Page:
Can Hydrogen Surpass Electricity As the Fuel of the Future?

Electric cars are quickly becoming the mainstream choice for alternative fuels. As has been well-discussed here over the last few months, cities, countries, and automakers are committing to the elimination of gas-powered cars and the adoption of electric ones.

Toyota was among the first to introduce electricity to the masses with the hybrid Prius, but now it seems to believe the fuel of the future is hydrogen.

Could electric cars be just a stop-gap on the way to a true fuel revolution? Continue reading >>>

Will Ram Change Everything, Again?

In 1994, the Dodge Ram changed everything.

Advertising for the new generation of early ’90s pickups took America by the storm, as the newest Dodge and its sleek, curvy looks captured the most macho of hearts.

People compared the front end to a semi truck, and the look transformed Ram pickups forever while elevating their perceived toughness.

While Ram trucks remain the third-best-selling truck brand in America, behind Ford and Chevy, the trucks have continually improved over the decades and have a devoted following of fans.

Now, thanks to a gust of wind and a well-timed photograph, we know how the next-generation Ram will look. Does it pay homage to the 1994 version that changed it all? Continue reading >>>

BMW May Move MINI Production to China

A British legend was born in 1959. No, we’re not referring to the great Tracey Ullman, but another icon that has become deeply rooted in British culture and is known around the world:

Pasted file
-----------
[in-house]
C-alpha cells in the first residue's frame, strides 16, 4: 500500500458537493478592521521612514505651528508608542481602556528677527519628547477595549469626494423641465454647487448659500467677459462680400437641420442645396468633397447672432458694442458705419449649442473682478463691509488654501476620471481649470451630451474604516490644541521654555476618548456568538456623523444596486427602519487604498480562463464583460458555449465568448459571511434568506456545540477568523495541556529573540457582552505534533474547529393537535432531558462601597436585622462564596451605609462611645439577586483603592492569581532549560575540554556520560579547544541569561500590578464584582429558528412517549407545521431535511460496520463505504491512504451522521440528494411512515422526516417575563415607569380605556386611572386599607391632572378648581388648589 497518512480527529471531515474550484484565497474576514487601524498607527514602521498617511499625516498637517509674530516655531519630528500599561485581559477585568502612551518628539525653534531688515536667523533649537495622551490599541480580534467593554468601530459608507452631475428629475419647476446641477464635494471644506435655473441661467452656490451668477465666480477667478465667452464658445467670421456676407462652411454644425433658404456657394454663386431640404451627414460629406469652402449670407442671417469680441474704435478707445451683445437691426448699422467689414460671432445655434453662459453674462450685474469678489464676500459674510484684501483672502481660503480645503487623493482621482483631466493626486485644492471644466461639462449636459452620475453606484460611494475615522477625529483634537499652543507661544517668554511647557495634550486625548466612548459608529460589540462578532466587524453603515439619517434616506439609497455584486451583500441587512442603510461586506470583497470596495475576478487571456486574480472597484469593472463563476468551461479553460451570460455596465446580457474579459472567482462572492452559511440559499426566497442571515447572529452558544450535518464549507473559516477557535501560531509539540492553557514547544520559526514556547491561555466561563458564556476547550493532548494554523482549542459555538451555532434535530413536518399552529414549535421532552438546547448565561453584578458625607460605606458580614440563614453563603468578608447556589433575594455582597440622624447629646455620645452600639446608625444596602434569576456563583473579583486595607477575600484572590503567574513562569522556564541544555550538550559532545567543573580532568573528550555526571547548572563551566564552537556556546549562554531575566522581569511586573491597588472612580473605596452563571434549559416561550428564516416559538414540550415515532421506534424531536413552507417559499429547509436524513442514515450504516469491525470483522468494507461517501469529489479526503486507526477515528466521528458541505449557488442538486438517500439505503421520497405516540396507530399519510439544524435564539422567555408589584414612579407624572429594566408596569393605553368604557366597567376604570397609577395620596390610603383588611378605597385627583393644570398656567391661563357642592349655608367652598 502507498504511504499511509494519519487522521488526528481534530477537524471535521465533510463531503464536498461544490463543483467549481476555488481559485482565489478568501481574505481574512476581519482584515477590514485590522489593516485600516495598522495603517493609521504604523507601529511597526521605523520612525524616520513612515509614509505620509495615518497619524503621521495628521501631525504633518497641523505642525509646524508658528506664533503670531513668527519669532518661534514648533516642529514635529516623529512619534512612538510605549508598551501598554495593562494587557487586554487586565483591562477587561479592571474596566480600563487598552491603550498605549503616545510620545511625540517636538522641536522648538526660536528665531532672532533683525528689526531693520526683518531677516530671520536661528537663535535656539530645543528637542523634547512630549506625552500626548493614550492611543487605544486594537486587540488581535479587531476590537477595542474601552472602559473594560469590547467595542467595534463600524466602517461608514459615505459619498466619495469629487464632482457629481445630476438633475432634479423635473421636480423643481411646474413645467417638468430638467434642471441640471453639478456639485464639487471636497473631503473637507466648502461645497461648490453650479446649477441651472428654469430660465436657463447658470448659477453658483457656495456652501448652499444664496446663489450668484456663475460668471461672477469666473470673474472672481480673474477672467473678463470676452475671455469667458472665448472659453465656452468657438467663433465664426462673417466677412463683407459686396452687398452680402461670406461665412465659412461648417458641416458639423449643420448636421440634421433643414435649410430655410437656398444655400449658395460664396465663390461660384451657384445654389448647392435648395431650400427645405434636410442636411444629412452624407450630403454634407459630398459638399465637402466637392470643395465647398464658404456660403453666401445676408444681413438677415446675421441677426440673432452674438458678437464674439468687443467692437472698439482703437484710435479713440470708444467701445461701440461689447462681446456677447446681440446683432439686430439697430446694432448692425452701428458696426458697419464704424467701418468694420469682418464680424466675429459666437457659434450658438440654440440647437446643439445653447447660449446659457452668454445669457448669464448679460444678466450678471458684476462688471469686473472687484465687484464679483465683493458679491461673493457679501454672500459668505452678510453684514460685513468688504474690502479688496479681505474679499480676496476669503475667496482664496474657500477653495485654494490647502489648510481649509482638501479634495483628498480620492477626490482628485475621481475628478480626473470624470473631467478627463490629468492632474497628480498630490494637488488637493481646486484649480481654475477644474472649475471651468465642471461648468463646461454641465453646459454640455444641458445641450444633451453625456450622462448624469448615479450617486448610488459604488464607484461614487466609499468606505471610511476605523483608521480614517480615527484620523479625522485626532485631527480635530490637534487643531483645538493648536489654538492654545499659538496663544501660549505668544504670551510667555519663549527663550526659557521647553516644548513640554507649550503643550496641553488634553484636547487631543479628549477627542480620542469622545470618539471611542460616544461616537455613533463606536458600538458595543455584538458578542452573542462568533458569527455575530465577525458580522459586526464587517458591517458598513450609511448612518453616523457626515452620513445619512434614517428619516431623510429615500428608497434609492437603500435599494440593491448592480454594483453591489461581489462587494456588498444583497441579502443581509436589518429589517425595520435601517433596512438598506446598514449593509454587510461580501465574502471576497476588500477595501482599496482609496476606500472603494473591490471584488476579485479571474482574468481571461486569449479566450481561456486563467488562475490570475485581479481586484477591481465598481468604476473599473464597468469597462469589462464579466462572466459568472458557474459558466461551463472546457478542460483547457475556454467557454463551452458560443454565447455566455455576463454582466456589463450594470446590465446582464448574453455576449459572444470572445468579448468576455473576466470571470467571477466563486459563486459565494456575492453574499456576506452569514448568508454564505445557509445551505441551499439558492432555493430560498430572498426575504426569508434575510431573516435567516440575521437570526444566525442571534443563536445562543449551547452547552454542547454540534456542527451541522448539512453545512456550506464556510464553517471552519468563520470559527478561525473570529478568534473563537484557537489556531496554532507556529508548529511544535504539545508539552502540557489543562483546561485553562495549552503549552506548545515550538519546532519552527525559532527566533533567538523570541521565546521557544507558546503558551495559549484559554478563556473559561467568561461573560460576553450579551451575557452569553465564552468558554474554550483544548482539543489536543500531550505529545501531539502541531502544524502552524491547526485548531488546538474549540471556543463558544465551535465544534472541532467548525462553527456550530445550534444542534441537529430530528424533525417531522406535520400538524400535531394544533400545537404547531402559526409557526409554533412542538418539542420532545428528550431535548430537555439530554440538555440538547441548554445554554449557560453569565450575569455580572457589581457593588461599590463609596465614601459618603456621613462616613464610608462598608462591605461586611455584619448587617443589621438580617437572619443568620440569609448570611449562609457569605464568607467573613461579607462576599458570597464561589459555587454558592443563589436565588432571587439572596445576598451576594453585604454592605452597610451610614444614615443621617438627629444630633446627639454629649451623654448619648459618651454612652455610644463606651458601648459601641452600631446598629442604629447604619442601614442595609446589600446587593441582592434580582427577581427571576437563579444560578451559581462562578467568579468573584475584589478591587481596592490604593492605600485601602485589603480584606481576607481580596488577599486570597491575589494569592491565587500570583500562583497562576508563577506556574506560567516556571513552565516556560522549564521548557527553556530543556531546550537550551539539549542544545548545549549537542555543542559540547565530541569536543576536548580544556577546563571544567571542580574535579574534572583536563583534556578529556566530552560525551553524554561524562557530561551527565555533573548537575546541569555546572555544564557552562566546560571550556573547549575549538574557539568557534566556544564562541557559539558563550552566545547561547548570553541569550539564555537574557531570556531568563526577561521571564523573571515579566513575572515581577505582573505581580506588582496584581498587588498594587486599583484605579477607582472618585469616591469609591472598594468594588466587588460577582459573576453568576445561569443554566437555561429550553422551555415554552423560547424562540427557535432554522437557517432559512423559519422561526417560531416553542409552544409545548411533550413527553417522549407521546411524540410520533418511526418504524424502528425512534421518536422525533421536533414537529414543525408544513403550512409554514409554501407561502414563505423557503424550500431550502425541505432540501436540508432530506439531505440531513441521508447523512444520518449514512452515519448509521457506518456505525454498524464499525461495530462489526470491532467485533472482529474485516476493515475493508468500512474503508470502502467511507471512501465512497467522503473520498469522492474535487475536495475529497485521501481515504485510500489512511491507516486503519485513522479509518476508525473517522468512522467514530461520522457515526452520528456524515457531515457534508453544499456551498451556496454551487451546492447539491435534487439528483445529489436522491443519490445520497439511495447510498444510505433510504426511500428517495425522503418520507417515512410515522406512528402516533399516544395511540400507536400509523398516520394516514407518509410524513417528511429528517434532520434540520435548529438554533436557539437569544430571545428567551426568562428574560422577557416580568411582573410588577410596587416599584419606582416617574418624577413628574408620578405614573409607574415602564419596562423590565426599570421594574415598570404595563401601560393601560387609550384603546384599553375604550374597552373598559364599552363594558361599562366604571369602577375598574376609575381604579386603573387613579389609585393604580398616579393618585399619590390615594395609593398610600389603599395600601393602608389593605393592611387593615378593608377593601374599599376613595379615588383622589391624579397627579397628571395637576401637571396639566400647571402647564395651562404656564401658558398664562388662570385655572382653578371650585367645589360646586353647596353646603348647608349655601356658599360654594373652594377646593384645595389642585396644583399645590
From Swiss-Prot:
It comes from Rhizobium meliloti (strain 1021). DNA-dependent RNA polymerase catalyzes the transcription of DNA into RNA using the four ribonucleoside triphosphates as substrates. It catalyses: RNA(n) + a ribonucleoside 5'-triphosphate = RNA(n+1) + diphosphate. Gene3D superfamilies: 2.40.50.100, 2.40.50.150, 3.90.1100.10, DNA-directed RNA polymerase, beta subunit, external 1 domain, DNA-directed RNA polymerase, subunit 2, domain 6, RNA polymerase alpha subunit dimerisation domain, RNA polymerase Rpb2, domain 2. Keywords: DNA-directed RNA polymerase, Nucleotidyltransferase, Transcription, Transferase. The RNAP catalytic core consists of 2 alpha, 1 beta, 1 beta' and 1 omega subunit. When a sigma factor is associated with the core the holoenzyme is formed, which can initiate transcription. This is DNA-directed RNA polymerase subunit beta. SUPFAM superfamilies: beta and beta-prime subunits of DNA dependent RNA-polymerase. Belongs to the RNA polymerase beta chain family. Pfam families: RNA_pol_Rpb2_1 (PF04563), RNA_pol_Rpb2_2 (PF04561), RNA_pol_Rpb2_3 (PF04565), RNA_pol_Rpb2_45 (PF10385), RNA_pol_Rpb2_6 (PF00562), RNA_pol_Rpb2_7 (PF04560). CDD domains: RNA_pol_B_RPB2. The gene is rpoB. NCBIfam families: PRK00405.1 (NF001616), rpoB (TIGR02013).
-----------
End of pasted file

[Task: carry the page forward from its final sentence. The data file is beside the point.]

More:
The MINI.

The economy car, originally produced by the British Motor Corporation, was voted the second most influential vehicle of the 20th century, just behind the Ford Model T and ahead of the Volkswagen Beetle. Production began in 1959 and continues to this day, though ownership has changed hands a number of times.

The famous British brand has been under BMW ownership since 2001, and now the German automaker plans to further dilute MINI’s English roots. Continue reading >>>

You Can Now Subscribe to Porsche, But Should You?

If you can’t afford a Porsche, you probably can’t afford Porsche’s new subscription program, either.

The idea behind Porsche Passport, which launches in Atlanta next month, is to provide subscribers with any model of Porsche they wish at any time they wish. It’s a compelling idea, but the privilege won’t come cheap.

Car subscription models are popping up in select markets around the country. One in San Francisco, for example, is offering cars for $99 per month and between 50 cents and $1 per mile. While those rates include gas, insurance, roadside assistance, and unlimited swaps, it won’t take many miles before the monthly costs exceed the price of simply buying or leasing a vehicle.

Will people pay even more for unlimited access to the Porsche fleet? Continue reading >>>

Tesla Model 3 Delays Could Lead Buyers to Other Automakers

Freezing air has descended upon my city. Those leisurely mornings of heading out to the car in shorts and a T-shirt have been replaced by scraping windshields free of frost.